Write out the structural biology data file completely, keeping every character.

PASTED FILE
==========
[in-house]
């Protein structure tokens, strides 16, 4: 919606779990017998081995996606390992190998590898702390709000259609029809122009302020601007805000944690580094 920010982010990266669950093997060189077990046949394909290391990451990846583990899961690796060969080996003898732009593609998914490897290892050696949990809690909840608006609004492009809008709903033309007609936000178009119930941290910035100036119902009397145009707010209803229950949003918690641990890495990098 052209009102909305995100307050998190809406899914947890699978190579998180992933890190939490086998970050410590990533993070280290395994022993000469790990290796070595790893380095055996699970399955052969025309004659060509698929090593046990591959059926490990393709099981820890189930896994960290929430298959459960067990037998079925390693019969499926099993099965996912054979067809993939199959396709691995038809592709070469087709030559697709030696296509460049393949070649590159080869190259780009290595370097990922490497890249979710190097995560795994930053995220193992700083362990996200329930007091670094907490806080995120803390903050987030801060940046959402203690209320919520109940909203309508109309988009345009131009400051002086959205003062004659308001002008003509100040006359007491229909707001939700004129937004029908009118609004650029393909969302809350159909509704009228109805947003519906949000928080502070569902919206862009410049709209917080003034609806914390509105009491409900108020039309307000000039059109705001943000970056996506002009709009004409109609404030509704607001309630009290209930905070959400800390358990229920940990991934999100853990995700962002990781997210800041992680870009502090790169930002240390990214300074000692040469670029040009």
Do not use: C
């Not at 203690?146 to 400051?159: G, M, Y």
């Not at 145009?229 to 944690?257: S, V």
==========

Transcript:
[in-house]
């Protein structure tokens, strides 16, 4: 919606779990017998081995996606390992190998590898702390709000259609029809122009302020601007805000944690580094 920010982010990266669950093997060189077990046949394909290391990451990846583990899961690796060969080996003898732009593609998914490897290892050696949990809690909840608006609004492009809008709903033309007609936000178009119930941290910035100036119902009397145009707010209803229950949003918690641990890495990098 052209009102909305995100307050998190809406899914947890699978190579998180992933890190939490086998970050410590990533993070280290395994022993000469790990290796070595790893380095055996699970399955052969025309004659060509698929090593046990591959059926490990393709099981820890189930896994960290929430298959459960067990037998079925390693019969499926099993099965996912054979067809993939199959396709691995038809592709070469087709030559697709030696296509460049393949070649590159080869190259780009290595370097990922490497890249979710190097995560795994930053995220193992700083362990996200329930007091670094907490806080995120803390903050987030801060940046959402203690209320919520109940909203309508109309988009345009131009400051002086959205003062004659308001002008003509100040006359007491229909707001939700004129937004029908009118609004650029393909969302809350159909509704009228109805947003519906949000928080502070569902919206862009410049709209917080003034609806914390509105009491409900108020039309307000000039059109705001943000970056996506002009709009004409109609404030509704607001309630009290209930905070959400800390358990229920940990991934999100853990995700962002990781997210800041992680870009502090790169930002240390990214300074000692040469670029040009």
Do not use: C
């Not at 203690?146 to 400051?159: G, M, Y």
């Not at 145009?229 to 944690?257: S, V």